#11
Arber Tasimi, Susan A Gelman
Although traditional economic models posit that money is fungible, psychological research abounds with examples that deviate from this assumption. Across eight experiments, we provide evidence that people construe physical currency as carrying traces of its moral history. In Experiments 1 and 2, people report being less likely to want money with negative moral history (i.e., stolen money). Experiments 3-5 provide evidence against an alternative account that people's judgments merely reflect beliefs about the consequences of accepting stolen money rather than moral sensitivity...
December 21, 2016: Cognitive Science
https://www.readbyqxmd.com/read/27993262/-the-recognition-of-emotions-empathy-and-moral-judgment-in-the-national-mental-health-survey-in-colombia-2015
#12
Diana Matallana, Carlos Gómez-Restrepo, Paulina Ramirez, Nathalie Tamayo Martínez, Martin Rondon
BACKGROUND: Social cognition refers to the mental processes involved in social interactions. Different aspects, such as the perception of others, self-knowledge, motivation and the cultural context, can modulate empathy responses and moral judgments regarding the actions of others. The National Mental Health Survey (ENSM for its acronym in Spanish) explored aspects of social cognition such as the perception of emotions, empathy and moral judgment in situations in which another person experiences pain...
December 2016: Revista Colombiana de Psiquiatría
https://www.readbyqxmd.com/read/27992037/the-dynamics-of-the-production-of-aids-related-stigma-among-pregnant-women-living-with-hiv-aids-in-rio-de-janeiro-brazil
#13
Simone Monteiro, Wilza Villela, Livia Fraga, Priscilla Soares, Adriana Pinho
The study analyses the relationship between AIDS-related stigma and the processes of discrimination prior to diagnosis among pregnant women living with HIV/AIDS. The fieldwork involved interviews about the life trajectories of 29 pregnant women living with HIV/AIDS, recruited at two AIDS services in Rio de Janeiro, Brazil. The analysis revealed that before HIV diagnosis, social and gender inequalities experienced by these women reduced their access to material and symbolic goods that could have enhanced educational and career prospects and their ability and autonomy to exercise sexual and reproductive rights...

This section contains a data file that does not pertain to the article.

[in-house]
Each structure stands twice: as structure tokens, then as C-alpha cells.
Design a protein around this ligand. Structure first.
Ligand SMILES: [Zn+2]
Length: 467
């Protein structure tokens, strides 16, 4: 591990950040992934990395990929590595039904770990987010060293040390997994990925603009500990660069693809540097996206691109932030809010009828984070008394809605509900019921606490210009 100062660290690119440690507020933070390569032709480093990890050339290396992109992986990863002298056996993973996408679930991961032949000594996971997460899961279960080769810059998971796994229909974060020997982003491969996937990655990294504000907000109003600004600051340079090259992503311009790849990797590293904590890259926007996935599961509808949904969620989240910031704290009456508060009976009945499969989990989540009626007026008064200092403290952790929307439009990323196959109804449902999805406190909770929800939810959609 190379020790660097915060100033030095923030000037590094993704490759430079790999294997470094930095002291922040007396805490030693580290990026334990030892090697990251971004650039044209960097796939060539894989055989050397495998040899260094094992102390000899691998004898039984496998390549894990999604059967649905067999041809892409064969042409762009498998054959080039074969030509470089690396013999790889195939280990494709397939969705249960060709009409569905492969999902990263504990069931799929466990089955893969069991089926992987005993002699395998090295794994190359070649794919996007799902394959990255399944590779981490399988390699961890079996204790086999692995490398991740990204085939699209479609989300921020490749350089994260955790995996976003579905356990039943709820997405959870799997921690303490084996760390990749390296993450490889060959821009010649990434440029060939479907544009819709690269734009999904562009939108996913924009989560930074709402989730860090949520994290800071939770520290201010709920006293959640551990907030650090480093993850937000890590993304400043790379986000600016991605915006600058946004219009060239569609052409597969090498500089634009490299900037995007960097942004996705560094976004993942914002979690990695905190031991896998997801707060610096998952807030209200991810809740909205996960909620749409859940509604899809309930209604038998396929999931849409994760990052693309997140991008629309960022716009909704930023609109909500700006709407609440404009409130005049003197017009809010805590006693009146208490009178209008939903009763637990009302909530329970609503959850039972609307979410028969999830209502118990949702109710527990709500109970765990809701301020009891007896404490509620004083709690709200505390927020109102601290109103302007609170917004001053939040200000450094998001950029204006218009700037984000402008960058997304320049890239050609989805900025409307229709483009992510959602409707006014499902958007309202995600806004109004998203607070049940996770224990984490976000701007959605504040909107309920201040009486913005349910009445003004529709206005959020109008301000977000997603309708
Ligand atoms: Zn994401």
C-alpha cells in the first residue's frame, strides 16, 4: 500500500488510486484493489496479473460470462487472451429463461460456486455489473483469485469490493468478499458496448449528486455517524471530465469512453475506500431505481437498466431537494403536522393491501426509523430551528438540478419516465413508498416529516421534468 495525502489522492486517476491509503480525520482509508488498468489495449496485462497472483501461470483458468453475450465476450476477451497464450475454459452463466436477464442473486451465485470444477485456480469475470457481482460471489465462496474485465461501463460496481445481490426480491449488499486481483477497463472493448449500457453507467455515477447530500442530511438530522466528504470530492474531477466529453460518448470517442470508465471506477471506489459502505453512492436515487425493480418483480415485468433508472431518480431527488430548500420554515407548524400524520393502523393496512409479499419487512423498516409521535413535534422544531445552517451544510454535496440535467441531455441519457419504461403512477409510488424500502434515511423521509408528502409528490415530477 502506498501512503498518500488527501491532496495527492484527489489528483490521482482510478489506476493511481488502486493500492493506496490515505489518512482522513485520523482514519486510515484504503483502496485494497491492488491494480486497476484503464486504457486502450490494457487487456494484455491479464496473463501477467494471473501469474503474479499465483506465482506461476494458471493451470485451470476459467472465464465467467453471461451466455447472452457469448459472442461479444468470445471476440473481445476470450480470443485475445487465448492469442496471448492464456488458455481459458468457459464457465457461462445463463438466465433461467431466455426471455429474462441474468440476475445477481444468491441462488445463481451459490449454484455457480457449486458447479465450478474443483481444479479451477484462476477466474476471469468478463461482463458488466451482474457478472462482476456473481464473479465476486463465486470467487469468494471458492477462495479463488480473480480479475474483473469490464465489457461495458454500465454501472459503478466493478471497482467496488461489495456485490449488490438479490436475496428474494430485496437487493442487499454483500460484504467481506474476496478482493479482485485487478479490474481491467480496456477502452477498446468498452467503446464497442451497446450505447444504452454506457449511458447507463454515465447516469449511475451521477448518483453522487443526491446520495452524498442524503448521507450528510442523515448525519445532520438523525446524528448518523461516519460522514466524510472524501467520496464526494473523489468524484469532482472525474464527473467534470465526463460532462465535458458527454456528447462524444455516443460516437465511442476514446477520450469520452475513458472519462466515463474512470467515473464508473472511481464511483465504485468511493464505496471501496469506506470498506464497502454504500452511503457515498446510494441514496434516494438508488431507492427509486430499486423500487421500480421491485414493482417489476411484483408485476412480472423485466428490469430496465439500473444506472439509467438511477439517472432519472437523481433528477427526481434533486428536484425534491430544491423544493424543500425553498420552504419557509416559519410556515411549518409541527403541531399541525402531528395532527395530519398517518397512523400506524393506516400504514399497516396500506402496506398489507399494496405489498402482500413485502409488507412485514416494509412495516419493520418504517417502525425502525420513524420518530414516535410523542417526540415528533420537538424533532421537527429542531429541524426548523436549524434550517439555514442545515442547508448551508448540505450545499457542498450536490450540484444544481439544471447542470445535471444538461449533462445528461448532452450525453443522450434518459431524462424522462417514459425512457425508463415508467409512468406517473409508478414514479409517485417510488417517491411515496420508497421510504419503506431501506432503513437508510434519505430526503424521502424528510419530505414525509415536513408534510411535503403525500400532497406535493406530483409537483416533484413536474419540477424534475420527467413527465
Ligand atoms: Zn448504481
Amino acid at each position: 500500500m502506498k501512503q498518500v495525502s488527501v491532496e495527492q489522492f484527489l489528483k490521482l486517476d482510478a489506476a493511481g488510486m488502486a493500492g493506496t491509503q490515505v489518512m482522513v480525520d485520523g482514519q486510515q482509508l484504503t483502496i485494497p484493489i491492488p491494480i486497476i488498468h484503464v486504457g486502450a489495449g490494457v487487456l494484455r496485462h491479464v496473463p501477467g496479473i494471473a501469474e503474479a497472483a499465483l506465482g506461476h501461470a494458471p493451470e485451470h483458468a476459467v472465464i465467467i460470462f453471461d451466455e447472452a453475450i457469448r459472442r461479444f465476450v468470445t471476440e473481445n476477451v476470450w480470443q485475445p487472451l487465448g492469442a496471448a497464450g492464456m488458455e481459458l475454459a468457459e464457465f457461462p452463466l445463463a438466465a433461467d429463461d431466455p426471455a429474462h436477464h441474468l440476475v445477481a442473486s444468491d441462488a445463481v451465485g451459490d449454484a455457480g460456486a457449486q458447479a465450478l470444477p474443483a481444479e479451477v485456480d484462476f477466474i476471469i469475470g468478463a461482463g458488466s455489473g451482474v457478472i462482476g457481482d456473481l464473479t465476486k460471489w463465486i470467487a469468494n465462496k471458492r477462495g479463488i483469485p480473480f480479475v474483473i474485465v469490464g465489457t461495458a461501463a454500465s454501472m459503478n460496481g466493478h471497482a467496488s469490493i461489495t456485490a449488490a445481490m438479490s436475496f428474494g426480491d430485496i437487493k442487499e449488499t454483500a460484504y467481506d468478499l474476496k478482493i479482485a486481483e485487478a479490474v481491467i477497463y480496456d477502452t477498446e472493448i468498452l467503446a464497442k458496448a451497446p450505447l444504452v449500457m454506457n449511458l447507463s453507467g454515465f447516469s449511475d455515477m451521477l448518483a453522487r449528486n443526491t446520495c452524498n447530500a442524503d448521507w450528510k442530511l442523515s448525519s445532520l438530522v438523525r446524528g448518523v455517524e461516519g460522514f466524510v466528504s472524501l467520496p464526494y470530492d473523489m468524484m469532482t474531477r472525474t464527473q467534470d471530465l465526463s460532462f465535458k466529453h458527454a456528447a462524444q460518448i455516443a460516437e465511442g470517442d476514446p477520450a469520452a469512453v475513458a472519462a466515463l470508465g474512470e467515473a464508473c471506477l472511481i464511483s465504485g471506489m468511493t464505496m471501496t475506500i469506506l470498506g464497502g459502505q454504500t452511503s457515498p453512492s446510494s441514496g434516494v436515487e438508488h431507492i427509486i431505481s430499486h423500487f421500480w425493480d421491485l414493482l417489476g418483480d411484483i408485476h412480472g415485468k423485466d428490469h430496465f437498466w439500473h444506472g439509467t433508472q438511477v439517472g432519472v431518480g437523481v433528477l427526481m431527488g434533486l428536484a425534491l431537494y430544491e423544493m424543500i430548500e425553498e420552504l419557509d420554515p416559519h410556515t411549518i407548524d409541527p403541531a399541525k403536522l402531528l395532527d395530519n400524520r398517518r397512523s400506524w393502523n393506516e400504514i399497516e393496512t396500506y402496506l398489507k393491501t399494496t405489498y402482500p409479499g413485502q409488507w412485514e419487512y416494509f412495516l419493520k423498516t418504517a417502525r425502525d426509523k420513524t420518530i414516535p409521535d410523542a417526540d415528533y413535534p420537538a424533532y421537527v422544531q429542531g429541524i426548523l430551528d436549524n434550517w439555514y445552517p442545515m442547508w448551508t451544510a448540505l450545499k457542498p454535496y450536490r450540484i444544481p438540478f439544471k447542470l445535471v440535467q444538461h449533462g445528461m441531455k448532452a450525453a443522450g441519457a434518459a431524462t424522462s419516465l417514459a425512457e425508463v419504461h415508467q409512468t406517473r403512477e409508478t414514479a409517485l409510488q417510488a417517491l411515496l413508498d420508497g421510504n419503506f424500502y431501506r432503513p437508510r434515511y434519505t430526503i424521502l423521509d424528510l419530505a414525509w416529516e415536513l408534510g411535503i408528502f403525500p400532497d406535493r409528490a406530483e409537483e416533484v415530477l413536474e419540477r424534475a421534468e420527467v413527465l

December 15, 2016: Cadernos de Saúde Pública
https://www.readbyqxmd.com/read/27934569/two-concepts-of-conscience-and-their-implications-for-conscience-based-refusal-in-healthcare
#14
Steve Clarke
Healthcare professionals are not currently obliged to justify conscientious objections. As a consequence, there are currently no practical limits on the scope of conscience-based refusals in healthcare. Recently, a number of bioethicists, including Christopher Meyers, Robert D. Woods, Robert Card, Lori Kantymir, and Carolyn McLeod, have raised concerns about this situation and have offered proposals to place principled limits on the scope of conscience-based refusals in healthcare. Here, I seek to adjudicate among their proposals...
January 2017: Cambridge Quarterly of Healthcare Ethics: CQ: the International Journal of Healthcare Ethics Committees
https://www.readbyqxmd.com/read/27934567/tolerance-professional-judgment-and-the-discretionary-space-of-the-physician
#15
Daniel P Sulmasy
Arguments against physicians' claims of a right to refuse to provide tests or treatments to patients based on conscientious objection often depend on two premises that are rarely made explicit. The first is that the protection of religious liberty (broadly construed) should be limited to freedom of worship, assembly, and belief. The second is that because professions are licensed by the state, any citizen who practices a licensed profession is required to provide all the goods and services determined by the profession to fall within the scope of practice of that professional specialty and permitted by the state, regardless of any personal religious, philosophical, or moral objection...